Older people and hearing loss

Three out of four Australians over the age of 70 suffer from hearing loss. However, not all people suffer from the same type and there can be different factors which affect hearing as you age.

Hearing loss can be caused by wax build-up, exposure to loud noises, ageing, infections, heart conditions, stroke, head injuries, certain medications or be hereditary.

Presbyacusis is the most common type of hearing loss in people over 55. Presbyacusis occurs gradually, often over several years. It affects both ears equally, and often results in people having trouble hearing high-pitched (high frequency) noises. Those suffering from presbyacusis will notice that they have trouble using the telephone or following group conversations in noisy environments. The exact cause of presbyacusis is unknown, however, a number of factors have been suggested as possible causes. These include:

  • Decreased blood flow to the cochlea (part of the ear)
  • Exposure to loud noises over time
  • Exposure to stress over time
  • Certain chemicals or medications
  • Smoking
  • Being overweight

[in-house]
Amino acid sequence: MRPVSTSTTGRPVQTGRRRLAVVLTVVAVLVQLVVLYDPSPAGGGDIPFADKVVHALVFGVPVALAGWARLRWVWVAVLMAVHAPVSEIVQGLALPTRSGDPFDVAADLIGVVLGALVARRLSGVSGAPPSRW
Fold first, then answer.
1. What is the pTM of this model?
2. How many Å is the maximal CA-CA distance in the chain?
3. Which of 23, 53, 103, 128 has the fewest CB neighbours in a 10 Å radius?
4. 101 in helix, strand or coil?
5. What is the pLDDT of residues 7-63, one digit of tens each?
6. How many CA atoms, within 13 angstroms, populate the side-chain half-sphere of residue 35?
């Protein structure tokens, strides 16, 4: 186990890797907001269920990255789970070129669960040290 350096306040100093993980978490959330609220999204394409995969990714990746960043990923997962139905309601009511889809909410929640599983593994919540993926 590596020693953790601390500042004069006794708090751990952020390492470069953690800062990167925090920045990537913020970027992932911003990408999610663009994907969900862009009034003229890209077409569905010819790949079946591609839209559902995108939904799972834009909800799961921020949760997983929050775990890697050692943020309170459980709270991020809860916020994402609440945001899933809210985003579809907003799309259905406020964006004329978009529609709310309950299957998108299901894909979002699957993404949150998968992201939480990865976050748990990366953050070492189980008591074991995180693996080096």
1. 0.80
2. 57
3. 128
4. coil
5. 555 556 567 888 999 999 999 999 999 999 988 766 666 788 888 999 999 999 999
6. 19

• Hereditary factors

Sensorineural hearing loss is caused by damage to parts of the inner ear, the auditory nerve or hearing pathways in the brain. The level of hearing can vary from ear to ear with sensorineural hearing loss.

Tinnitus is a constant ringing, roaring or other noise inside the ear. It often accompanies other forms of hearing loss and it can be caused by loud noises, certain medicines and other health problems.

There are devices and medications which can help in most cases of hearing loss, whether it be age related or caused by damage to the ear or brain. If you think that you or a loved one may be suffering from hearing loss, a simple and painless hearing test is the best way to find out if you can fix this frustrating condition.

National Institute of Deafness and Other Communication Disorders (NIDCD)